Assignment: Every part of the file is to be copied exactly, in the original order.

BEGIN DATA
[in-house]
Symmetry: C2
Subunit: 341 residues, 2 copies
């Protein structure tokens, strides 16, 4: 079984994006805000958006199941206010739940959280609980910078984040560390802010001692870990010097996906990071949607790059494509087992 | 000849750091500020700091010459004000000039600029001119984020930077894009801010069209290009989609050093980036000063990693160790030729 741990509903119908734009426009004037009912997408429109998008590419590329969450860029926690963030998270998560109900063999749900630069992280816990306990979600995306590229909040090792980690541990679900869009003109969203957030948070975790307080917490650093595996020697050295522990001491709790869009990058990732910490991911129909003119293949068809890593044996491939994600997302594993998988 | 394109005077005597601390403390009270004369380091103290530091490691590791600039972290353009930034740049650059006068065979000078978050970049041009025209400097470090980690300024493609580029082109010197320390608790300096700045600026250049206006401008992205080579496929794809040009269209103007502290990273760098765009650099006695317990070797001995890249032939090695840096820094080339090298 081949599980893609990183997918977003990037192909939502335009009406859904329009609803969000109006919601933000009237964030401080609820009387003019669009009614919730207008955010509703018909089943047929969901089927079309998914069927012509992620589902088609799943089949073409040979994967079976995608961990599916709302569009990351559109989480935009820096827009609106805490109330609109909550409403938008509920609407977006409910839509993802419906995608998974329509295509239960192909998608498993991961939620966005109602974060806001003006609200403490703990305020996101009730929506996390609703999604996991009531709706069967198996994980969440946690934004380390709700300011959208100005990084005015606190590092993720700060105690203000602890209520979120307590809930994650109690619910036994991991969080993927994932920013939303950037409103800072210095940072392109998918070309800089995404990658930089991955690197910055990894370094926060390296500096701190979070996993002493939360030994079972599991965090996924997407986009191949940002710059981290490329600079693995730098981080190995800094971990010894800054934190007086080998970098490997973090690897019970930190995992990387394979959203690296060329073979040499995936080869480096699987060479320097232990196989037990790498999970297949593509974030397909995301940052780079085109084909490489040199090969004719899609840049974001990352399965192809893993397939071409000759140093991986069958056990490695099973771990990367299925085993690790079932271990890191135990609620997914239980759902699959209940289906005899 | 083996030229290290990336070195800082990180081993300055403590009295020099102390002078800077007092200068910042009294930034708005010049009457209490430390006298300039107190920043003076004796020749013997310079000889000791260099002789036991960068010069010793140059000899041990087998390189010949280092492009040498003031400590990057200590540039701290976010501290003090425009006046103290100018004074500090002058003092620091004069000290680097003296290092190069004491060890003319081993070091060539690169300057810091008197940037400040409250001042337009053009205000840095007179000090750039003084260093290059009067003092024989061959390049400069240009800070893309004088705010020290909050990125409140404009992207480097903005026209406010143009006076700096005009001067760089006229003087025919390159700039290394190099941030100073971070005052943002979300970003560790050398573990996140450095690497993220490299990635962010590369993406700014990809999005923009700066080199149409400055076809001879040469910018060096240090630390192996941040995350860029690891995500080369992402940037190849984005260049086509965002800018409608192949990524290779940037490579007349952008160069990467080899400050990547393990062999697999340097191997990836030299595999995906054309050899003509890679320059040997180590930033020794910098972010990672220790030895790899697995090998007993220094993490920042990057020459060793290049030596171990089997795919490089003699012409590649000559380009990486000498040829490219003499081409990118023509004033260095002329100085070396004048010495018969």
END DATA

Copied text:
[in-house]
Symmetry: C2
Subunit: 341 residues, 2 copies
């Protein structure tokens, strides 16, 4: 079984994006805000958006199941206010739940959280609980910078984040560390802010001692870990010097996906990071949607790059494509087992 | 000849750091500020700091010459004000000039600029001119984020930077894009801010069209290009989609050093980036000063990693160790030729 741990509903119908734009426009004037009912997408429109998008590419590329969450860029926690963030998270998560109900063999749900630069992280816990306990979600995306590229909040090792980690541990679900869009003109969203957030948070975790307080917490650093595996020697050295522990001491709790869009990058990732910490991911129909003119293949068809890593044996491939994600997302594993998988 | 394109005077005597601390403390009270004369380091103290530091490691590791600039972290353009930034740049650059006068065979000078978050970049041009025209400097470090980690300024493609580029082109010197320390608790300096700045600026250049206006401008992205080579496929794809040009269209103007502290990273760098765009650099006695317990070797001995890249032939090695840096820094080339090298 081949599980893609990183997918977003990037192909939502335009009406859904329009609803969000109006919601933000009237964030401080609820009387003019669009009614919730207008955010509703018909089943047929969901089927079309998914069927012509992620589902088609799943089949073409040979994967079976995608961990599916709302569009990351559109989480935009820096827009609106805490109330609109909550409403938008509920609407977006409910839509993802419906995608998974329509295509239960192909998608498993991961939620966005109602974060806001003006609200403490703990305020996101009730929506996390609703999604996991009531709706069967198996994980969440946690934004380390709700300011959208100005990084005015606190590092993720700060105690203000602890209520979120307590809930994650109690619910036994991991969080993927994932920013939303950037409103800072210095940072392109998918070309800089995404990658930089991955690197910055990894370094926060390296500096701190979070996993002493939360030994079972599991965090996924997407986009191949940002710059981290490329600079693995730098981080190995800094971990010894800054934190007086080998970098490997973090690897019970930190995992990387394979959203690296060329073979040499995936080869480096699987060479320097232990196989037990790498999970297949593509974030397909995301940052780079085109084909490489040199090969004719899609840049974001990352399965192809893993397939071409000759140093991986069958056990490695099973771990990367299925085993690790079932271990890191135990609620997914239980759902699959209940289906005899 | 083996030229290290990336070195800082990180081993300055403590009295020099102390002078800077007092200068910042009294930034708005010049009457209490430390006298300039107190920043003076004796020749013997310079000889000791260099002789036991960068010069010793140059000899041990087998390189010949280092492009040498003031400590990057200590540039701290976010501290003090425009006046103290100018004074500090002058003092620091004069000290680097003296290092190069004491060890003319081993070091060539690169300057810091008197940037400040409250001042337009053009205000840095007179000090750039003084260093290059009067003092024989061959390049400069240009800070893309004088705010020290909050990125409140404009992207480097903005026209406010143009006076700096005009001067760089006229003087025919390159700039290394190099941030100073971070005052943002979300970003560790050398573990996140450095690497993220490299990635962010590369993406700014990809999005923009700066080199149409400055076809001879040469910018060096240090630390192996941040995350860029690891995500080369992402940037190849984005260049086509965002800018409608192949990524290779940037490579007349952008160069990467080899400050990547393990062999697999340097191997990836030299595999995906054309050899003509890679320059040997180590930033020794910098972010990672220790030895790899697995090998007993220094993490920042990057020459060793290049030596171990089997795919490089003699012409590649000559380009990486000498040829490219003499081409990118023509004033260095002329100085070396004048010495018969």